38 responses

  1. Josh
    May 25, 2010

    I disagree with this analysis. In tracing back the traditions of both anarchism and socialism one will find that they have much in common and are not diametrically opposed as you state. Traditionally, both anarchists and socialists oppose capitalism, wage labor, private property, etc. It seems that your analysis only takes into account very recent developments within each respective movement: state socialism (Leninism/Stalinism) and anarcho-capitalism (extreme right-wing American libertarianism). These are not the traditional positions of either of these schools of thought. Many of the socialist predecessors, such as Proudhon, were also anarchist. Today you will even find those who consider themselves “social anarchists,” such as Noam Chomsky.

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    • bb
      February 23, 2014

      A really, really bad article. I think the author has no idea about the subject. (If he didn’t intentionally distort the truth, of course.) Maybe the article should be replaced by another one written by someone who knows what he writes about.

      Reply

    • Marxist Hypocrisy 101
      July 17, 2014

      Josh, you literally don’t understand the first thing about any of the concepts you’re trying to pass yourself off as an authority on. Not surprising, considering you cite that disenegenuous, revisionist hack Chomsky.

      Anarchism is the absence of government, Socialism/Communism is the establishment of a centralized, totalitarian government that holds a monopoly over the means of productions, as well as education, media, ETC. They couldn’t be any more diametrically opposed. Period.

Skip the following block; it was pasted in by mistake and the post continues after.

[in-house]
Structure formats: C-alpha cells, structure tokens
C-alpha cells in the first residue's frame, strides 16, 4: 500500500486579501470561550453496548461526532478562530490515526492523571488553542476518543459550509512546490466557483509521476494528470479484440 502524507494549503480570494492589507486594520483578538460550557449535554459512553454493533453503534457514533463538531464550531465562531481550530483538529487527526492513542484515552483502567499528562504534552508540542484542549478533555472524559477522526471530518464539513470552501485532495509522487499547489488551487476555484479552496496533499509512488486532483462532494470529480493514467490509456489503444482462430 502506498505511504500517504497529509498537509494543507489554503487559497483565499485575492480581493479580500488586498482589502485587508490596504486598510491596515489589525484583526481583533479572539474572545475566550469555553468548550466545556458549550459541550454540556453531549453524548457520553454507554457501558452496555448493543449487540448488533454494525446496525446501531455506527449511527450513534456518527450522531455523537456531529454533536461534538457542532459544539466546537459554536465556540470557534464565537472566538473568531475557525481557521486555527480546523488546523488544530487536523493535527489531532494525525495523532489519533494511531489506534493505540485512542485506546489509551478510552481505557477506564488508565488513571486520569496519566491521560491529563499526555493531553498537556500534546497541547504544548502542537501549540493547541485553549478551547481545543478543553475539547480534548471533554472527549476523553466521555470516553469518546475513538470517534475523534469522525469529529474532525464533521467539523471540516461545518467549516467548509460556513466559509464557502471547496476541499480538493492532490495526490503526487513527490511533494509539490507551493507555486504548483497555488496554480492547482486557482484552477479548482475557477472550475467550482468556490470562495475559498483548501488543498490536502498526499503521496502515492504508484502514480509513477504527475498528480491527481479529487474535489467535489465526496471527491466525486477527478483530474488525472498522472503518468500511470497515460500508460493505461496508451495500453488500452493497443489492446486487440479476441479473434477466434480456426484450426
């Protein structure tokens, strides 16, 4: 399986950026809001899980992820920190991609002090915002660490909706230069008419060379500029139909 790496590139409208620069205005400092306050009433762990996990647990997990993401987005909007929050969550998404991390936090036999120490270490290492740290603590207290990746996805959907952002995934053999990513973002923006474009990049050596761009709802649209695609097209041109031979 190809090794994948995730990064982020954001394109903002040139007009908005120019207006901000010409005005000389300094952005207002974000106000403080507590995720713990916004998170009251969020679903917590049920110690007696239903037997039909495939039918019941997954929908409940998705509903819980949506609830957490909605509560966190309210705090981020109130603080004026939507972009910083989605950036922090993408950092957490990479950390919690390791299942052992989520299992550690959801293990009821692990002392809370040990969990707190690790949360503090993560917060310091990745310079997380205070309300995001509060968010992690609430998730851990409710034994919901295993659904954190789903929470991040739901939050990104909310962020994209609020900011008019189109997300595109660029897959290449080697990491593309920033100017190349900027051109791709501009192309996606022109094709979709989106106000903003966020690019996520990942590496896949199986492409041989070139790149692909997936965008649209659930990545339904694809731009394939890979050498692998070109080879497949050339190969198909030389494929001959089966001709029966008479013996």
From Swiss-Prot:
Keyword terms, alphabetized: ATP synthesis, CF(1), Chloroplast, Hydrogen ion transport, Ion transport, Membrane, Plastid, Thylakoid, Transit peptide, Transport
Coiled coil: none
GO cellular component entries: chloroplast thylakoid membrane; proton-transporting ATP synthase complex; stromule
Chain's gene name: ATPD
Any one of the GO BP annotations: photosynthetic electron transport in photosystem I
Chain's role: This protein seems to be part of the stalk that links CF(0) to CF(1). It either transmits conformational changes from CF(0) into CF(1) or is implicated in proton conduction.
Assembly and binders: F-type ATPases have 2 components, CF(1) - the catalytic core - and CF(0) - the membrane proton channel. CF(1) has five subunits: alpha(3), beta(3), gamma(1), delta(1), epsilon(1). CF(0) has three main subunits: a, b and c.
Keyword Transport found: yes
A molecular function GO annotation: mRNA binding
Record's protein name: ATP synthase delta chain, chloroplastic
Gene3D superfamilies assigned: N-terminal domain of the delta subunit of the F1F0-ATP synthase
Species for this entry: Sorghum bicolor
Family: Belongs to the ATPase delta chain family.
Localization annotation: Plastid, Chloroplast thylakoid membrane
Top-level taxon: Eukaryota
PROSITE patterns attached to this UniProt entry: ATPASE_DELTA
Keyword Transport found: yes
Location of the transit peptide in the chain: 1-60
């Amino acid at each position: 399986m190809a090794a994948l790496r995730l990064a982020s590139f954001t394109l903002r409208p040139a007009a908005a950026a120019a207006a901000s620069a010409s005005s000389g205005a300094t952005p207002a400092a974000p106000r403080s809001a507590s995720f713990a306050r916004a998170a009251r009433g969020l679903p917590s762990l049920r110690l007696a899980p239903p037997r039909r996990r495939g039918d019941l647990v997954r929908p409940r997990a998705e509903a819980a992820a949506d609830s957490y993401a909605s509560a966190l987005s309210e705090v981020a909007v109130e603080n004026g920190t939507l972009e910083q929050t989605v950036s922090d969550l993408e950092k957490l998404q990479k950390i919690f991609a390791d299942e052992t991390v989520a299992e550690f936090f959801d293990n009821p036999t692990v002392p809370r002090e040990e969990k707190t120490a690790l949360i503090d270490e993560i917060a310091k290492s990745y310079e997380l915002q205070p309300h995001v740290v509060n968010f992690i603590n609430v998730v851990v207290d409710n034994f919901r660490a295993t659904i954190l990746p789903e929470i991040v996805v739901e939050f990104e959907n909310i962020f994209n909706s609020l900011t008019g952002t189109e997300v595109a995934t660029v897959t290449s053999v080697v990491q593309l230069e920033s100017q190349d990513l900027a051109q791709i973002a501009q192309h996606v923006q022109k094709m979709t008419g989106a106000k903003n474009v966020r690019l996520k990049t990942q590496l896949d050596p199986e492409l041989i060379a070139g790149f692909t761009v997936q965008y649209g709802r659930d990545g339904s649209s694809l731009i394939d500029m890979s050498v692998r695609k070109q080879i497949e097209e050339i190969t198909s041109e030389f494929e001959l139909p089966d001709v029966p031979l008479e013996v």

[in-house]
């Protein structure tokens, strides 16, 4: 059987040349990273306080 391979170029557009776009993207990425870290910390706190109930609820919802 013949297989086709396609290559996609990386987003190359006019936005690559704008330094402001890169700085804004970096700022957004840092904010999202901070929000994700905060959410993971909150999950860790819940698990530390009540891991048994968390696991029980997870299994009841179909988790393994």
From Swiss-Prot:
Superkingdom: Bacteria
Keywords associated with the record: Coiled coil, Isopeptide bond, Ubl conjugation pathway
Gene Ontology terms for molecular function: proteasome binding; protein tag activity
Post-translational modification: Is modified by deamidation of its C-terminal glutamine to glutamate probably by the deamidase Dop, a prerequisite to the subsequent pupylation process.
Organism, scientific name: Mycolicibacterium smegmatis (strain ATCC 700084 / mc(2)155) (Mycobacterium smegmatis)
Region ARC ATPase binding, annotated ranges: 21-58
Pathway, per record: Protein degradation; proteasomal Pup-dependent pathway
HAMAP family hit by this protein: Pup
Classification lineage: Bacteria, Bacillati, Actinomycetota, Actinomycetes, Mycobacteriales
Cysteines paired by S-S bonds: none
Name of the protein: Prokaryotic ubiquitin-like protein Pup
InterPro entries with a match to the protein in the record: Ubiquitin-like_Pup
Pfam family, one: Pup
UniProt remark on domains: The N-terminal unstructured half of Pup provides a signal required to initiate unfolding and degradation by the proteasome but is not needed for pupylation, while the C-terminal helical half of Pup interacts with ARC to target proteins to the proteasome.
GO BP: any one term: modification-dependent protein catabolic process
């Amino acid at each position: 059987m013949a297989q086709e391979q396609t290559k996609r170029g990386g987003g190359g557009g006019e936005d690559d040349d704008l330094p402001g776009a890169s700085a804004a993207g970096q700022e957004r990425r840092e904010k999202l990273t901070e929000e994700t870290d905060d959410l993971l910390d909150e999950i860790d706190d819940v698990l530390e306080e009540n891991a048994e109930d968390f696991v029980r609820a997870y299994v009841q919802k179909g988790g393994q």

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      • GroundHOG-2010
        July 23, 2015

        Depends what your looking at from an Anarchist’s perspective. An anarchist is a person who is opposed to governments, but that is where this article ends being credible. For instance, I personally am an anarcho-communist, and in this political ideology, the idea is not to allow individual rule and ownership but instead there is common ownership of production within the commune, which is essentually socialism except through common rule, not government rule.

        This article suffers from “All x thing is y type of thing”, in this case at least with anarchism it is “all anarchism is Anarcho-Capitalism”. As stated by Josh, Anarcho-Capitalism is a right wing variation of Anarchism, but not only is it a relatively new and small amount of the anarchist population, it is quite frequently ridiculed as not being anarchism by the socialist anarchists (for instance, An Anarchist FAQ was created because of this).

        I am not sure about the socialist side of things, but at least for anarchism, it hasn’t portrayed it as people should.

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      • ThatSkepticGuy
        April 30, 2018

        “For instance, I personally am an anarcho-communist”

        And that is where you cease to be credible.

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  2. Ferdia
    April 4, 2012

    I agree with the person above.

    ‘Anarchists, in contrast, can own everything they want without limits’ – This is not necessarily true, and different anarchist traditions have different philosophies of property. Many anarchists reject private property.

    Anarchism and socialism are, generally speaking, movements which bifurcated from a larger left movement. Both have largely the same goals and are not direct opposites. The opposite of anarchism and socialism is capitalism. The opposite of anarchism is also totalitarianism. Anarchism is only opposite to authoritarian socialism, but any socialist worth his/her salt is a democratic socialist, i.e. a real one.

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    • Marxist Hypocrisy 101